First, in the event you missed it, we posted a new History, Legacy & Showmanship column from our own Michael Coate yesterday, featuring a look back at the original theatrical release of Superman: The Movie.  Yesterday marked the film’s 35th Anniversary.  The piece features a good interview component too, so do check it out if you haven’t read it yet.

Also today, after noting the passing of the legendary actor Peter O’Toole yesterday, this morning we must acknowledge the death of Tom Laughlin as well, star of the Billy Jack films.  He was 82.  You can read more on this here at the L.A. Times.  Sadly, actress Joan Fontaine also died this past weekend at the age of 96.  Fontaine was known for roles in such films as Jane Eyre, Ivanhoe, The Constant Nymph and Letter from an Unknown Woman, in addition to starring turns in Alfred Hitchcock’s Rebecca and Suspicion (for which she was best known).  More here at the New York Times.  Both will surely be missed.  [Read on here…]

Published in My Two Cents

All right, we’re back as expected today with a great new History, Legacy & Showmanship column from our very own Michael Coate.

But first, we wanted to take a moment this afternoon to acknowledge a bit of sad breaking news: The legendary film and stage actor Peter O’Toole has died.  He passed away yesterday at the age of 81.  Cinephiles will of course know him from his performance as T.E. Lawrence in David Lean’s 1962 film Lawrence of Arabia, but other favorite film roles include such titles as Becket, The Lion in Winter, Goodbye, Mr. Chips, The Stunt Man, The Last Emperor and My Favorite Year.  Younger readers may best recall him for voicing a character in Pixar’s Ratatouille.  If you’re one of them, I envy you – it means you have so many great O’Toole films yet to discover.  In fact, I think a fresh viewing of Lawrence just might be in order in O’Toole’s memory.  Our hats off to him.  You can read more here at The New York Times.  [Read on here...]

Published in My Two Cents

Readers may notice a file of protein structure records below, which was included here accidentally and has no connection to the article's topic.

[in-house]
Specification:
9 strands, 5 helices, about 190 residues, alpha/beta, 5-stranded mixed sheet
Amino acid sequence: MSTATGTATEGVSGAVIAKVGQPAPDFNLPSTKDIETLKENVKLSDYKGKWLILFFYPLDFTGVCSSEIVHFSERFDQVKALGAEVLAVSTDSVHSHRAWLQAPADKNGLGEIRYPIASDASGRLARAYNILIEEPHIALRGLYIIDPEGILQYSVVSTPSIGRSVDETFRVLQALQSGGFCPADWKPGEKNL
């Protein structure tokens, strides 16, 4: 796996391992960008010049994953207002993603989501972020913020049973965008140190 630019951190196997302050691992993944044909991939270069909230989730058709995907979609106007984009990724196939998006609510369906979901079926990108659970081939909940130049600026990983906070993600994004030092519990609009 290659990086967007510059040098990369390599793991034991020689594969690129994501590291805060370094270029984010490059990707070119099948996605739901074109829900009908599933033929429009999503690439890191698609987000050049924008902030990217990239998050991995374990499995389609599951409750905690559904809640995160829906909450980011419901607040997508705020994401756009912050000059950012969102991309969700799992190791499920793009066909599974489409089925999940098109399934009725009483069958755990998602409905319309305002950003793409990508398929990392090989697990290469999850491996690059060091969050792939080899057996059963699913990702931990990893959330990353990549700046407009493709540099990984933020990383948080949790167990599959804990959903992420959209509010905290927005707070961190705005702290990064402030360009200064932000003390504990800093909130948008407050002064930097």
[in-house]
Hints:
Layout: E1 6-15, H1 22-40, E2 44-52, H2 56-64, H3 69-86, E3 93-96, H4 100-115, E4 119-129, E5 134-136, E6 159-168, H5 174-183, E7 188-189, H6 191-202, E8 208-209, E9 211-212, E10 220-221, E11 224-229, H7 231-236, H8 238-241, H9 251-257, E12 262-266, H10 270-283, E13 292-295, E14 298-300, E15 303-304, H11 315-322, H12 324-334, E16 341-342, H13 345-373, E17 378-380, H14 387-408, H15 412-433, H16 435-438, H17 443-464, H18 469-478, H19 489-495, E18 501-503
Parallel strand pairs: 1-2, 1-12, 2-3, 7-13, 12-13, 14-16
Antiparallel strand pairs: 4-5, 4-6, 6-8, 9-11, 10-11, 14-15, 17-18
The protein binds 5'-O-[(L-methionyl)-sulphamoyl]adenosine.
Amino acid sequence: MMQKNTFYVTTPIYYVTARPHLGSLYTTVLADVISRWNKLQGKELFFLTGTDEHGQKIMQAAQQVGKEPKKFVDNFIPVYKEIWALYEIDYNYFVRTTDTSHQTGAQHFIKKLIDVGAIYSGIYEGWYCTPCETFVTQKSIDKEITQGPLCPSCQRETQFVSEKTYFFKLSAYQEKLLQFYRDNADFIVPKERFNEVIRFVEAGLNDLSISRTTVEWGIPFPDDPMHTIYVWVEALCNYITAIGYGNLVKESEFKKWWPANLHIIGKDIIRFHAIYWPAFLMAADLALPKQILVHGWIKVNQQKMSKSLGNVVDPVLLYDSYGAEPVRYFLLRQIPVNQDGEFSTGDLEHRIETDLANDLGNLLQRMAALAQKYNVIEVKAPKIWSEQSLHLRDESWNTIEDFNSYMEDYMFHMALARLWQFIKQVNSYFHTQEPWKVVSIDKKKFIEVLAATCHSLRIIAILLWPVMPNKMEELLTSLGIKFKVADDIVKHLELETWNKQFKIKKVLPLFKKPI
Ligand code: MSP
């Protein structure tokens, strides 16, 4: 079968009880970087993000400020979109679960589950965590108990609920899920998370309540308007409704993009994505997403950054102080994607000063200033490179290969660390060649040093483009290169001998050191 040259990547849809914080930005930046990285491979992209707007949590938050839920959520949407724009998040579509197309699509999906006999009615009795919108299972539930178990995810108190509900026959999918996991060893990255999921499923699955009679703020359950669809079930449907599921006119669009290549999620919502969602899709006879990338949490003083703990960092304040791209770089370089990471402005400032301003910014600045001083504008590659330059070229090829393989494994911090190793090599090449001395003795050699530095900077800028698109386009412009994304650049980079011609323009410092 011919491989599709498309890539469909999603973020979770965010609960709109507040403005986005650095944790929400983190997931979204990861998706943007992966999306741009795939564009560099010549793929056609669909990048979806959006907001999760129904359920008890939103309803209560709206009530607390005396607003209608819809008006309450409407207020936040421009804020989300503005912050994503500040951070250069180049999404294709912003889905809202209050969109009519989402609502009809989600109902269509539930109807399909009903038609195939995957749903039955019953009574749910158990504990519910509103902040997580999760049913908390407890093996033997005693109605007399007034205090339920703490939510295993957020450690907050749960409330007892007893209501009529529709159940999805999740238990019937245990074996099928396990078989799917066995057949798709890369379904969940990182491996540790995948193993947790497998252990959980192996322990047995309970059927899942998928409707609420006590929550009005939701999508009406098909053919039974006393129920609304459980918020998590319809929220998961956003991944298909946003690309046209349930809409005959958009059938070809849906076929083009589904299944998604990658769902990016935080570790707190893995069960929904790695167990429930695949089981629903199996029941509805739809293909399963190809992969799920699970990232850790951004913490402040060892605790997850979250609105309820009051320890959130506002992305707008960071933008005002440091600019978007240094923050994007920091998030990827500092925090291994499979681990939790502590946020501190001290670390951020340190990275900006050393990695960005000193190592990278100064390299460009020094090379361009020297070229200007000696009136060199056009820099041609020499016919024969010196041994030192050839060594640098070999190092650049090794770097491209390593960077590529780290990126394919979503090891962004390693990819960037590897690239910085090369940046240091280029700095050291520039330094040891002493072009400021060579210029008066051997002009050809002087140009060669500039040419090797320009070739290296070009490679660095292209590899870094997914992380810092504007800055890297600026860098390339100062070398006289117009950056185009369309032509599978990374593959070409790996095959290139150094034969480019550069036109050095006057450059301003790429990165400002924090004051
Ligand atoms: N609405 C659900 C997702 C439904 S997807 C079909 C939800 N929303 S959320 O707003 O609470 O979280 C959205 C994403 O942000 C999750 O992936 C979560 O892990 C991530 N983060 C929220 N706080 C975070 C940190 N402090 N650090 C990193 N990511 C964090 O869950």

Sunday, 15 December 2013 12:14

Still Believing a Man Can Fly

REMEMBERING “SUPERMAN: THE MOVIE” ON ITS 35TH ANNIVERSARY

It has been a big year for the Man of Steel. The year 2013 marked the 75th anniversary of Superman’s debut (in Action Comics issue #1), a new movie was made starring Henry Cavill and directed by Zack Snyder, and, of course, it represents the 35th anniversary of the release of the classic cinematic adventure starring Christopher Reeve and directed by Richard Donner.  The Digital Bits celebrates the occasion with a look back at Superman: The Movie’s opening weekend and features a reflective interview with some Superman authorities.  [Read on here...]

So it turns out The Desolation of Smaug is pretty good.  I mustered up the energy to catch a double-feature screening last night with a friend, and it was a fine evening’s entertainment.  If you enjoyed the first Hobbit film, I think you’ll like this one a great deal more.  The pacing is much more engaging.  Fans of Peter Jackson’s Lord of the Rings trilogy will definitely feel more at home here, as in this film the prequel trilogy really begins to reveal its connections to the previous films more strongly… and not just in the fact that Legolas (Orlando Bloom) features prominently.  As one would hope, Smaug himself is wonderfully realized.

Smaug aside, with any luck you have a good art house theater in your neck of the woods, because there are a number of fine indie films worth seeing this holiday season: American Hustle, the Coen’s Inside Llewyn Davis, All Is Lost, Nebraska, Her, 12 Years a Slave and many more.  This is the time of year when all the great dramas get dumped into limited theatrical distribution so they quality for Oscar nominations, so be sure to head out to your local theater over the next 2 or 3 weeks.  [Read on here…]